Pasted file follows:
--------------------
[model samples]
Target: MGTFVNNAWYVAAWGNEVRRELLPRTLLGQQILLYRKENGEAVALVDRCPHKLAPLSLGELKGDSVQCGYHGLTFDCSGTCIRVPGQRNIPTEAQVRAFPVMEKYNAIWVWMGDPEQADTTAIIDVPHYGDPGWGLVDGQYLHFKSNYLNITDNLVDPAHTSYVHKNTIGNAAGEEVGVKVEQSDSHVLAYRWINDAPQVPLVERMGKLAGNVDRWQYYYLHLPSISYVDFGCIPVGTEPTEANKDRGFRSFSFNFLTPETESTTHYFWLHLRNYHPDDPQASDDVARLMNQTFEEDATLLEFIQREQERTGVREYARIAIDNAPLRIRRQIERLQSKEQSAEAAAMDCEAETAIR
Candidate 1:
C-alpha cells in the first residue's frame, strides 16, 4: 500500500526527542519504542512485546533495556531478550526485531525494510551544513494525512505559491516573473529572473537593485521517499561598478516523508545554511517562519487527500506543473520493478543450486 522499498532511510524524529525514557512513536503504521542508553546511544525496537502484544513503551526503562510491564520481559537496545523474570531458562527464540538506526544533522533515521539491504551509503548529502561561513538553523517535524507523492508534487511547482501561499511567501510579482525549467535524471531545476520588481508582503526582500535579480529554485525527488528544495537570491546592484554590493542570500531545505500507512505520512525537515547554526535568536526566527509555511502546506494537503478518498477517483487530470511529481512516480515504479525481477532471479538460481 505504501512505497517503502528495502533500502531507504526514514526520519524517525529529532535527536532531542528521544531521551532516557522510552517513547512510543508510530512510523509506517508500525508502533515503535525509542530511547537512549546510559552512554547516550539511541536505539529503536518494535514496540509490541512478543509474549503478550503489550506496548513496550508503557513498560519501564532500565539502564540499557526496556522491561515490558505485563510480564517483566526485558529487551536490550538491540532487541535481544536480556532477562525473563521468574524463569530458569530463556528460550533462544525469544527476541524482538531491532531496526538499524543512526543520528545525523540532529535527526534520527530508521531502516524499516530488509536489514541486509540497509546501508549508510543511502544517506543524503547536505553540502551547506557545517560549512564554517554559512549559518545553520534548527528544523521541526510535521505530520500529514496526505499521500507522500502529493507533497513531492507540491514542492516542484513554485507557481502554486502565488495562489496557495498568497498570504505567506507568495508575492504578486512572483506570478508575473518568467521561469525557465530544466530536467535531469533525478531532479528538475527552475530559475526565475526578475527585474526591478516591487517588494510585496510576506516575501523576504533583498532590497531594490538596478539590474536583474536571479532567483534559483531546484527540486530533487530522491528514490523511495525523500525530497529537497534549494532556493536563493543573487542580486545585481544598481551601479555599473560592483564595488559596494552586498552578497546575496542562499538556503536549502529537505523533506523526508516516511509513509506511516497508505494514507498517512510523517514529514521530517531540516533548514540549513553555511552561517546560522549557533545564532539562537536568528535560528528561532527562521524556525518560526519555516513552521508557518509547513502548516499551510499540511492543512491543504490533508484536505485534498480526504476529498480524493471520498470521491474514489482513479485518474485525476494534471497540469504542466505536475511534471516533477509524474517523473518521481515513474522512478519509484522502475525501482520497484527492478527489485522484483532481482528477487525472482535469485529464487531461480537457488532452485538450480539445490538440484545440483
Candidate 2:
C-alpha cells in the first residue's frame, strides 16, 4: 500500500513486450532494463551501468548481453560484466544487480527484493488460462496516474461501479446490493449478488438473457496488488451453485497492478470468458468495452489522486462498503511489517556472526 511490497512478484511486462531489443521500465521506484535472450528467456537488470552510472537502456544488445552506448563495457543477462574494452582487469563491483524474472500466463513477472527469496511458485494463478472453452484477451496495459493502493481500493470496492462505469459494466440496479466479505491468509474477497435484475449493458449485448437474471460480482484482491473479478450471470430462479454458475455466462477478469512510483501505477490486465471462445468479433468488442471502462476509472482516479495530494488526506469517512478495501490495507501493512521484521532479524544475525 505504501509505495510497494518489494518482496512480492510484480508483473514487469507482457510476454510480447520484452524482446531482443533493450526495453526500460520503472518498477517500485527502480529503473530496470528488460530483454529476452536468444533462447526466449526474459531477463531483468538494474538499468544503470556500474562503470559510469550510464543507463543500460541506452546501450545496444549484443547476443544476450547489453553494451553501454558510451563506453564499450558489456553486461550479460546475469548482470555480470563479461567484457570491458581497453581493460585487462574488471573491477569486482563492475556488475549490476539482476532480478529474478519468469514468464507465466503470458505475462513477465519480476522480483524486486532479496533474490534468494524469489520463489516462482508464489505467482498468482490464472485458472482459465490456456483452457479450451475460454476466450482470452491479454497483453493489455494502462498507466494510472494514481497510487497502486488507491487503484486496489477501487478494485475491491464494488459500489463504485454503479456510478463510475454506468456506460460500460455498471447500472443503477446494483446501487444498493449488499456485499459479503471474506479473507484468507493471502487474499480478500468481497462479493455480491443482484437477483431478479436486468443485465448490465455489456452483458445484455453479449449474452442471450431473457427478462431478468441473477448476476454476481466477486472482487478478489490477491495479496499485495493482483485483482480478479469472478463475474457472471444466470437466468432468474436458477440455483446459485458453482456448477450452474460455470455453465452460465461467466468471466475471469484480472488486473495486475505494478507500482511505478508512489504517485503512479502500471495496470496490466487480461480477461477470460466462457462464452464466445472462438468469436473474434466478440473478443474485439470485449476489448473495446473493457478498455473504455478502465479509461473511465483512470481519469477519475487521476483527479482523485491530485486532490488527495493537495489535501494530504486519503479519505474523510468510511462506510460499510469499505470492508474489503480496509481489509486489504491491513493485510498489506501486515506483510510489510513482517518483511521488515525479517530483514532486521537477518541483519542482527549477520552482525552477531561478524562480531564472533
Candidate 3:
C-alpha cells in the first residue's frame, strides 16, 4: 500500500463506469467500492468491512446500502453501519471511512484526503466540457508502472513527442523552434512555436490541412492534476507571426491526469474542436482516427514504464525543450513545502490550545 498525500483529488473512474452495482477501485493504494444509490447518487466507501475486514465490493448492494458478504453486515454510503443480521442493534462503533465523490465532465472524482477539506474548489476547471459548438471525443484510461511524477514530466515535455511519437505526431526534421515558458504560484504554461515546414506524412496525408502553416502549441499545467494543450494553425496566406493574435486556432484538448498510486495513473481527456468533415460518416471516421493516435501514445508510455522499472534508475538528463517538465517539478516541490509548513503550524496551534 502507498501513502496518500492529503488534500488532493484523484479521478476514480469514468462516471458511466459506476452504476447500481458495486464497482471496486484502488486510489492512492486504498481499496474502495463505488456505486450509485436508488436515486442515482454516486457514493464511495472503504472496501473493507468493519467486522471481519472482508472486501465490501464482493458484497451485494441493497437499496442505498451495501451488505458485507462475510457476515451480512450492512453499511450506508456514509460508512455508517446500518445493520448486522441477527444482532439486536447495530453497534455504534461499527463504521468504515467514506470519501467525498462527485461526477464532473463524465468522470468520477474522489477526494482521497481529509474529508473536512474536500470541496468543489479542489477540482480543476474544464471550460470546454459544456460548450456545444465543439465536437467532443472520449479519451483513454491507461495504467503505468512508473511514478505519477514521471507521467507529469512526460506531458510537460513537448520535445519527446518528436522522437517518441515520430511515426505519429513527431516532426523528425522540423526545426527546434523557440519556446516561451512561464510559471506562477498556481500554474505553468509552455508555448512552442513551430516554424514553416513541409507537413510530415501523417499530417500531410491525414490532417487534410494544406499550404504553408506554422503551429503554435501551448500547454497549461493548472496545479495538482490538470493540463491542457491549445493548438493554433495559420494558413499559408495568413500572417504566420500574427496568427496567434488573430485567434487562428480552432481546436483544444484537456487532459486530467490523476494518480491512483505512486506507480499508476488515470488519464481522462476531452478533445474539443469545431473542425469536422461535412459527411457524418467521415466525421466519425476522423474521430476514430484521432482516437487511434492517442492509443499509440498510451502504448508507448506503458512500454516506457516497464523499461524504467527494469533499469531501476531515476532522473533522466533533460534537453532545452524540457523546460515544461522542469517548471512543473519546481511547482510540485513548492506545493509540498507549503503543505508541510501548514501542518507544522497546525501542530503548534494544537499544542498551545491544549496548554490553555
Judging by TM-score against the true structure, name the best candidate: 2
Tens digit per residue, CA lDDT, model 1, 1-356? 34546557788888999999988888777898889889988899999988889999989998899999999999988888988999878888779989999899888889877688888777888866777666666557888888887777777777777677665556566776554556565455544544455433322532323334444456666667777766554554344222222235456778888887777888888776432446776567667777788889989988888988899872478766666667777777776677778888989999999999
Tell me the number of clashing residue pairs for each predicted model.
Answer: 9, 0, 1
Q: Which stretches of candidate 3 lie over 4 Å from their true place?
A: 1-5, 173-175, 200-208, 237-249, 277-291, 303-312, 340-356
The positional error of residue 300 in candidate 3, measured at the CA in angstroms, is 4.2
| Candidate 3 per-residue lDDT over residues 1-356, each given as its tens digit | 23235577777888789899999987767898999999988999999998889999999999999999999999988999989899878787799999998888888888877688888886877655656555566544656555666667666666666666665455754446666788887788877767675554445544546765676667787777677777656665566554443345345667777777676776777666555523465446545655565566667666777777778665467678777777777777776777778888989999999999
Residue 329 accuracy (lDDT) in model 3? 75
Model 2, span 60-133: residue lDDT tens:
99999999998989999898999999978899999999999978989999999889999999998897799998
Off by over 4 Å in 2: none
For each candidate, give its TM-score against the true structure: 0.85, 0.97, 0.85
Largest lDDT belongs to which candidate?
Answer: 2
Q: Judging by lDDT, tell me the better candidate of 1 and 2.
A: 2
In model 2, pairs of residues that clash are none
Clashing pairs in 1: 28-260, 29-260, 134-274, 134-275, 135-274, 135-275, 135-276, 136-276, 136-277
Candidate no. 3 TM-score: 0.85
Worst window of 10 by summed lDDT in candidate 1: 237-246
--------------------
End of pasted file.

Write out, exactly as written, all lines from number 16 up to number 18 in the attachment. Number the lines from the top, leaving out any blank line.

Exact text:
| Candidate 3 per-residue lDDT over residues 1-356, each given as its tens digit | 23235577777888789899999987767898999999988999999998889999999999999999999999988999989899878787799999998888888888877688888886877655656555566544656555666667666666666666665455754446666788887788877767675554445544546765676667787777677777656665566554443345345667777777676776777666555523465446545655565566667666777777778665467678777777777777776777778888989999999999
Residue 329 accuracy (lDDT) in model 3? 75
Model 2, span 60-133: residue lDDT tens: